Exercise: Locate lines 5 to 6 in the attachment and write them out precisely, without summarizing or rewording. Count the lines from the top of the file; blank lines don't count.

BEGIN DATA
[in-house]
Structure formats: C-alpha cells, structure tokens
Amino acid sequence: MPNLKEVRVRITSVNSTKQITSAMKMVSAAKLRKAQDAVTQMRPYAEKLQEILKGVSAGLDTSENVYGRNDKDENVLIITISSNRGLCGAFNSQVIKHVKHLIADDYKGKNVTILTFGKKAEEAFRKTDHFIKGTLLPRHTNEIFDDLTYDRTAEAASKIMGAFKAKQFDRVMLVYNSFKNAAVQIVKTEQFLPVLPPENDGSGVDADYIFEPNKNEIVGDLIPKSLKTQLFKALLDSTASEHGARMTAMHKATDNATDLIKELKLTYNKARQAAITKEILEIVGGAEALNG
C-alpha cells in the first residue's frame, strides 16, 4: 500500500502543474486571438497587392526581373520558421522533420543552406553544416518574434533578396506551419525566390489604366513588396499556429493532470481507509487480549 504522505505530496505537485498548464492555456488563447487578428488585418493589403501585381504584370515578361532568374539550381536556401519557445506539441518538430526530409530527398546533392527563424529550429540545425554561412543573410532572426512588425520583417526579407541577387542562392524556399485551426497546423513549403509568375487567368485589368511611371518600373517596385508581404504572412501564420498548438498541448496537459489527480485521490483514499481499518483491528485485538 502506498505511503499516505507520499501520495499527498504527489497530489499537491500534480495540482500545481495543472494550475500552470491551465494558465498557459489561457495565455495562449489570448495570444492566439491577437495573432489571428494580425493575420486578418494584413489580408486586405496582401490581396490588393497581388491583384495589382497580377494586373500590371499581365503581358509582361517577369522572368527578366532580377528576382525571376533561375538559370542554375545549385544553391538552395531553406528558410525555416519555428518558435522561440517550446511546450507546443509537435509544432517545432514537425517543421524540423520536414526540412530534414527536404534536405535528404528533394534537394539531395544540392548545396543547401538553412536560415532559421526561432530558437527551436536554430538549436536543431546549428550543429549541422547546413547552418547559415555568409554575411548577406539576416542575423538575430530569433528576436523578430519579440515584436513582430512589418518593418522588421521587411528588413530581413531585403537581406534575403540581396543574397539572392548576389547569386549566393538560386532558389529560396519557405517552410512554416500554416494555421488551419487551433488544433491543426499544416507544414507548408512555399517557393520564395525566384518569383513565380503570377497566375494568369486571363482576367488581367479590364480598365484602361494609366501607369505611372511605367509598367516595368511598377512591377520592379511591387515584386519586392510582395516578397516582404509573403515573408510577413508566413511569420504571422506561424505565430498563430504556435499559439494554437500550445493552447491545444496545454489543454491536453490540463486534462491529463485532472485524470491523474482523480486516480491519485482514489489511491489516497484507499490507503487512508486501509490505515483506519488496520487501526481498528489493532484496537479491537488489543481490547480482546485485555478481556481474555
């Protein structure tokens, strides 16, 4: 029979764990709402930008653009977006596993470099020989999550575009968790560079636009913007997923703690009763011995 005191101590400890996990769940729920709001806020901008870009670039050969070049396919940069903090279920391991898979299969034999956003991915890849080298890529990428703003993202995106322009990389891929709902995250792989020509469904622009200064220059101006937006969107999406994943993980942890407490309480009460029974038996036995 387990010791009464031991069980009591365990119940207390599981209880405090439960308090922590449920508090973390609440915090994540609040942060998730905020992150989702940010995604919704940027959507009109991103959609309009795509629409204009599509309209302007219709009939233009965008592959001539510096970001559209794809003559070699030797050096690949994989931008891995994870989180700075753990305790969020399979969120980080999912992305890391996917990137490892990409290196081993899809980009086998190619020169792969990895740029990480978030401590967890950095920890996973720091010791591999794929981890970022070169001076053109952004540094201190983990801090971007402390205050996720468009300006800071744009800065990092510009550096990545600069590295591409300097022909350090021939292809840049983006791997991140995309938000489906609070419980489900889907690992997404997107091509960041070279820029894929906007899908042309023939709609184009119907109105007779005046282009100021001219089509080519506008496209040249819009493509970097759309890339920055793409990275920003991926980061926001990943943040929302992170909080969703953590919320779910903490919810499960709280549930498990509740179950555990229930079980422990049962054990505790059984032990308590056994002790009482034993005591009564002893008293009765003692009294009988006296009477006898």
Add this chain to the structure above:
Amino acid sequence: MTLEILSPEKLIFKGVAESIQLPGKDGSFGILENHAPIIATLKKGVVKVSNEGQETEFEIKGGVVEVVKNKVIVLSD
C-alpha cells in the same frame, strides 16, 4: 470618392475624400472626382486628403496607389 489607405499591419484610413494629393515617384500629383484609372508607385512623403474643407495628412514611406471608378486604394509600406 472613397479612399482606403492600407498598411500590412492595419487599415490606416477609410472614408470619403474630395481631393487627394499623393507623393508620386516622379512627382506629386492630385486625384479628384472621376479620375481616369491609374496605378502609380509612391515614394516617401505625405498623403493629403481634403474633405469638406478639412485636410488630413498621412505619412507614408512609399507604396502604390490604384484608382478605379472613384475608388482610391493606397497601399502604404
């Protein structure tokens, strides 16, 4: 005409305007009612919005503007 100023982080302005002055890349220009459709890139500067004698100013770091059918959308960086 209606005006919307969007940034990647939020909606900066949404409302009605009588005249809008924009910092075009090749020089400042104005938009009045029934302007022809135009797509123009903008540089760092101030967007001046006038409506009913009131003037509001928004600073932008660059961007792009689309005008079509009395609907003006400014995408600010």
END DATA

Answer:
């Protein structure tokens, strides 16, 4: 029979764990709402930008653009977006596993470099020989999550575009968790560079636009913007997923703690009763011995 005191101590400890996990769940729920709001806020901008870009670039050969070049396919940069903090279920391991898979299969034999956003991915890849080298890529990428703003993202995106322009990389891929709902995250792989020509469904622009200064220059101006937006969107999406994943993980942890407490309480009460029974038996036995 387990010791009464031991069980009591365990119940207390599981209880405090439960308090922590449920508090973390609440915090994540609040942060998730905020992150989702940010995604919704940027959507009109991103959609309009795509629409204009599509309209302007219709009939233009965008592959001539510096970001559209794809003559070699030797050096690949994989931008891995994870989180700075753990305790969020399979969120980080999912992305890391996917990137490892990409290196081993899809980009086998190619020169792969990895740029990480978030401590967890950095920890996973720091010791591999794929981890970022070169001076053109952004540094201190983990801090971007402390205050996720468009300006800071744009800065990092510009550096990545600069590295591409300097022909350090021939292809840049983006791997991140995309938000489906609070419980489900889907690992997404997107091509960041070279820029894929906007899908042309023939709609184009119907109105007779005046282009100021001219089509080519506008496209040249819009493509970097759309890339920055793409990275920003991926980061926001990943943040929302992170909080969703953590919320779910903490919810499960709280549930498990509740179950555990229930079980422990049962054990505790059984032990308590056994002790009482034993005591009564002893008293009765003692009294009988006296009477006898």
Add this chain to the structure above: